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Re: *** GMX Spamverdacht *** Re: UTF-8 in URIs

From: Julian Reschke <julian.reschke@gmx.de>
Date: Thu, 16 Jan 2014 16:11:47 +0100
Message-ID: <52D7F6B3.6080508@gmx.de>
To: Nicolas Mailhot <nicolas.mailhot@laposte.net>
CC: Zhong Yu <zhong.j.yu@gmail.com>, Gabriel Montenegro <gabriel.montenegro@microsoft.com>, "ietf-http-wg@w3.org" <ietf-http-wg@w3.org>, Osama Mazahir <osamam@microsoft.com>, Dave Thaler <dthaler@microsoft.com>, Mike Bishop <michael.bishop@microsoft.com>, Matthew Cox <macox@microsoft.com>
On 2014-01-16 15:57, Nicolas Mailhot wrote:
> ...
>>> And it's useless if you can't interpret it reliably. May as well log the
>>> output of /dev/random at the time. Don't have time to get humans comb
>>> millions of log lines to fix encoding errors.
>> Define "encoding error" in the context of a URI.
> Any URI that can not be reliably decoded in the textual representation the
> URL creator preferred by a random http processor (web site, intermediary,
> web client) without outside help.

A valid URI is all US-ASCII. There's nothing that needs to be decoded at 

> And there *is* a preferred textual representation because you know, people
> do not enter URLs in binary editors.
>>>>> I favour making URLs UTF-8 by default in HTTP/2 (just as it was in
>>>>> XML,
>>>>> that's one part of the XML spec that worked very well) and require
>>>>> http/1
>>>>> to 2 bridges to translate to the canonical form. Helping clients push
>>>>> local 8bits encodings will just perpetuate pre-2000 legacy mess.
>>>> How do you translate a URI with unknown URI encoding to UTF-8?
>>> You treat it as UTF-8. If it fails UTF-8 sanity rules you fail with an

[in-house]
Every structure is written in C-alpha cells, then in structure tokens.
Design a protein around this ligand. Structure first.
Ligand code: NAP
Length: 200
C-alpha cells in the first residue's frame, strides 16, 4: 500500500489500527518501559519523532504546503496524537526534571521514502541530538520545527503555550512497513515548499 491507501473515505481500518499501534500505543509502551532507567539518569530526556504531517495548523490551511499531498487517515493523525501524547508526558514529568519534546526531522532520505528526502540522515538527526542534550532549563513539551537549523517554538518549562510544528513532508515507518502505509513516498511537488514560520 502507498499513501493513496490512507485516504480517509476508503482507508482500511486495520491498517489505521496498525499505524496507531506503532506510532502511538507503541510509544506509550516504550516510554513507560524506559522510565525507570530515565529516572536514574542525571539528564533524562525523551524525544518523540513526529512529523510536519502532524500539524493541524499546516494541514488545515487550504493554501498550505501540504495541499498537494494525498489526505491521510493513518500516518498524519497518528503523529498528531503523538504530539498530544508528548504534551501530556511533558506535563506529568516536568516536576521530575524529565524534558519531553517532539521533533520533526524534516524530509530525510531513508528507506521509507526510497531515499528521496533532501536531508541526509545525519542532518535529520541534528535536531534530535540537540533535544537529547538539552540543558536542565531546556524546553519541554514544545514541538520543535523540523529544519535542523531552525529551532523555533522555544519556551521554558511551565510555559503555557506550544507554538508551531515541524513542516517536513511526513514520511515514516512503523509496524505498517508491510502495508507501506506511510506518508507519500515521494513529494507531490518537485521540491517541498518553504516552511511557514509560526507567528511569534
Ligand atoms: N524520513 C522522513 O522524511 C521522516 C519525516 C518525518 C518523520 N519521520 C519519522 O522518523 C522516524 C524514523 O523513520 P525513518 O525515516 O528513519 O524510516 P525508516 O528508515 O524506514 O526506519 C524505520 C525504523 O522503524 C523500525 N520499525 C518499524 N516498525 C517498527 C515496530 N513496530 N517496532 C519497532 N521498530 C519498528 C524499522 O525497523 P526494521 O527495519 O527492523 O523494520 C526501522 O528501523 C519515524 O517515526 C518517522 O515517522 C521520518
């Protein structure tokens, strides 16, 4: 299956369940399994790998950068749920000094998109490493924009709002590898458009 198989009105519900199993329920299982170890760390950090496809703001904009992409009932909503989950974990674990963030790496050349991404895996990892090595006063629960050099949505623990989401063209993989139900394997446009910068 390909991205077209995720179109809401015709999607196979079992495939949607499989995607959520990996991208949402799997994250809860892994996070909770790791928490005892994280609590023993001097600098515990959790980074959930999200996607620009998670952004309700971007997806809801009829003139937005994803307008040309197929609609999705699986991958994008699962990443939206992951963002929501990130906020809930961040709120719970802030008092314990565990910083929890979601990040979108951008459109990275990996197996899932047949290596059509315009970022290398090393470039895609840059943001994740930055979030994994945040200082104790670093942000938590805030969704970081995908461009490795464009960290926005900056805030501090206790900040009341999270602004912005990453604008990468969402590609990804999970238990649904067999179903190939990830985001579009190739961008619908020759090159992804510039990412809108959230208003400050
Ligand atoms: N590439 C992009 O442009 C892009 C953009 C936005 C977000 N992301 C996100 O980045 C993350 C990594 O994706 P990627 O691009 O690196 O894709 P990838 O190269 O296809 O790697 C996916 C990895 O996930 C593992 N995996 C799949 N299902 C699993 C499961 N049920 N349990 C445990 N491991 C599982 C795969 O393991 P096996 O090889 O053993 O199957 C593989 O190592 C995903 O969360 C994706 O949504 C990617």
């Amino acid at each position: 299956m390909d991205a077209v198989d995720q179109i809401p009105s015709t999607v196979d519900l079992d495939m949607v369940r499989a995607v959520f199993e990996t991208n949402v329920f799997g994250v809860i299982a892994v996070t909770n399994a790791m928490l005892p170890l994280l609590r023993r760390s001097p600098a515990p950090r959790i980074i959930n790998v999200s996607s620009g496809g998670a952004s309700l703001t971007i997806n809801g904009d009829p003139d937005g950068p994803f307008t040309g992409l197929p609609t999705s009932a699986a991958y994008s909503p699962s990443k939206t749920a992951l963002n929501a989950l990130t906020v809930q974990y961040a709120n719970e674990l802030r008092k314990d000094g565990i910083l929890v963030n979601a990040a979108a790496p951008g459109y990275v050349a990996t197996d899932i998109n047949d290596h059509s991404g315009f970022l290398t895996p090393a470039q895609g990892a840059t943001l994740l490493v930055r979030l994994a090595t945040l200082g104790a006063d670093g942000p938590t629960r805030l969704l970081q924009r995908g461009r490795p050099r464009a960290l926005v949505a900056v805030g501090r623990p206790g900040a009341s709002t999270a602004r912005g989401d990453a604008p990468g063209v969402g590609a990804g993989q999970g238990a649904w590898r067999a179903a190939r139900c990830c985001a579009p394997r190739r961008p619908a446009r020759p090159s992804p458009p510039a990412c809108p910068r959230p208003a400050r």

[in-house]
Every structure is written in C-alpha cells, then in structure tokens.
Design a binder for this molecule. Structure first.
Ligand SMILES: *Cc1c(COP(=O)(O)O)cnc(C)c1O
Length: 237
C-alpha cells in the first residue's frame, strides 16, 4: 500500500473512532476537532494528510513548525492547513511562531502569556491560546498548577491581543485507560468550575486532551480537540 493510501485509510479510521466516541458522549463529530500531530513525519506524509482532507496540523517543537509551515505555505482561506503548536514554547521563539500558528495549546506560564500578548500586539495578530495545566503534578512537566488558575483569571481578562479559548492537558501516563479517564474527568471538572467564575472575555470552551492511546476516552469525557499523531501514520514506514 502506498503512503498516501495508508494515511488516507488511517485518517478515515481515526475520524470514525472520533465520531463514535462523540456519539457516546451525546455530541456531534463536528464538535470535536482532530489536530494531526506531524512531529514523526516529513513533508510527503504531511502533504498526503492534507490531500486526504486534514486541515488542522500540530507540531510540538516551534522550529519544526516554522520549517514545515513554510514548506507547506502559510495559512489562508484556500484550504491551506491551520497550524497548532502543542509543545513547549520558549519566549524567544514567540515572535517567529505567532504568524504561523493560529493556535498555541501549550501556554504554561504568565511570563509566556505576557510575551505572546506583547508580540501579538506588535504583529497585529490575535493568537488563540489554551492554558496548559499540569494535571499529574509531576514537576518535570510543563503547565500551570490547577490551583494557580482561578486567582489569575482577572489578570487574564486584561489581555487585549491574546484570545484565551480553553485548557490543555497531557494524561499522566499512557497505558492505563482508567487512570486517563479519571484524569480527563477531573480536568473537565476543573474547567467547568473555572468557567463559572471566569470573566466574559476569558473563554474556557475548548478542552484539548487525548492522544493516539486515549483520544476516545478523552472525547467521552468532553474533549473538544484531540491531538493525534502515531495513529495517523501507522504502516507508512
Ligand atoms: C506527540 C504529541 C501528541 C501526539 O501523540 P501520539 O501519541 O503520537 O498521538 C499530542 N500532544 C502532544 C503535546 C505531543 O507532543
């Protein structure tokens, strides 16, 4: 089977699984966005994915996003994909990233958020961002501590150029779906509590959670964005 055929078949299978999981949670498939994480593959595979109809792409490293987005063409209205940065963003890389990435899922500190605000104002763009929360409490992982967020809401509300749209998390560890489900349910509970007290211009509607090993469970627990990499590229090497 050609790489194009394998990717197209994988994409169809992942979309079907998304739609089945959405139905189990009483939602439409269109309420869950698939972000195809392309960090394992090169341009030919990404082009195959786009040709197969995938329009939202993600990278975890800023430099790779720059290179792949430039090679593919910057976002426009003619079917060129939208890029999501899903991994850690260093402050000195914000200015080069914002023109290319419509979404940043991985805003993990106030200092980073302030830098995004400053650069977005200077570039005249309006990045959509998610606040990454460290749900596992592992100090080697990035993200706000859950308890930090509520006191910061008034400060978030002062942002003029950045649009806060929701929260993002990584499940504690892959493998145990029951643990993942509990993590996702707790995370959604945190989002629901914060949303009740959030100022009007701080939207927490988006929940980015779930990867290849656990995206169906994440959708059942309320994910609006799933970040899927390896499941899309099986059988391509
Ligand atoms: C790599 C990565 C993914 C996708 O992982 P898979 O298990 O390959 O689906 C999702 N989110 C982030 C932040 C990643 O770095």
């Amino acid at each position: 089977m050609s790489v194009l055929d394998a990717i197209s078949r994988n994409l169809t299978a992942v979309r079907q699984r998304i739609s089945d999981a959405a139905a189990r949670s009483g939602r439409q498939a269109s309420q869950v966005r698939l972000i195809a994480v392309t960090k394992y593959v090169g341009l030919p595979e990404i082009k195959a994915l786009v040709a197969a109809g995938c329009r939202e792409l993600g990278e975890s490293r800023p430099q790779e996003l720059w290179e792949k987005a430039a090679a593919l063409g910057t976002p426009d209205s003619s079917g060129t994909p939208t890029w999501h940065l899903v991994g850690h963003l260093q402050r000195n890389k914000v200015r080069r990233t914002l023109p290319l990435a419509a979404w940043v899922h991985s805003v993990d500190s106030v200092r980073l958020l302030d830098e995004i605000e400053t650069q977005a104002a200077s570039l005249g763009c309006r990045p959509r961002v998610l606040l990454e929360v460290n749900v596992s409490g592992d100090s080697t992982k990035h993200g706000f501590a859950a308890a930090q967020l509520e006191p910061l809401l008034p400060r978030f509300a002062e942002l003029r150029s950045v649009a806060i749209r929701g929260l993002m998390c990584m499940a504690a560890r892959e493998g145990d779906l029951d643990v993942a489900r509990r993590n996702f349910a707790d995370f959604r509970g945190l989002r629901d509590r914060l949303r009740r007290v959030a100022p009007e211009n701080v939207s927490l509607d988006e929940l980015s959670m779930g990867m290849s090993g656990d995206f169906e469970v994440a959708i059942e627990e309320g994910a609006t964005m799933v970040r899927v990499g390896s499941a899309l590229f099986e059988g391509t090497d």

>>> error. That will make people fix their encodings quickly.
>> This is not going to work:
>> a) People may have chosen a non-UTF8 encoding by accident (system locale
>> etc) and can't change it retroactively,
> They can add an UTF-8 translator gateway at http/2 adoption time. No
> different and much easier than the mass of documents that needed to be
> fixed once people started exchanging them in binary not dead wood form.

And that translator rewrites all URIs that appear in payloads?

> Some past mistakes need correction you can't grandfather them eternally at
> the cost of eternal future interop problems.

The only interop problem I'm aware of is when clients construct *new* 
URIs, such as is common in WebDAV. The way to fix this is to *advocate* 
UTF-8. But even if everybody agrees on UTF-8 there's still the NFC/NFD 
mismatch between OSX and the rest of the world.

>> b) There might be actual *binary* data in the URI.
> So just define the canonical binary-to-utf8 mapping. If you don't your URL
> will crash as soon as it needs to be displayed in an address bar, network
> console or activity log. Again, much easier to define a single
> binary-to-utf8 mapping than random encoding to random display encoding
> rules (hint: it is not possible and that's the core problem).

I still have no clue what problem you are trying to solve. Sorry.

 > ...
>> Hm, no. They just happen to work in a way different from your
>> preference, but they do just work fine.
> No, they don't work. Working is not "avoid any automated processing and
> for christsakes never use anything but ASCII because the state is
> undefined and things will randomly break"

The state is fully defined. It's just that you don't like that state.

> ...

It seems we aren't getting anywhere.

Can somebody else help me understanding what this is all about? :-)

Best regards, Julian
Received on Thursday, 16 January 2014 15:12:20 UTC

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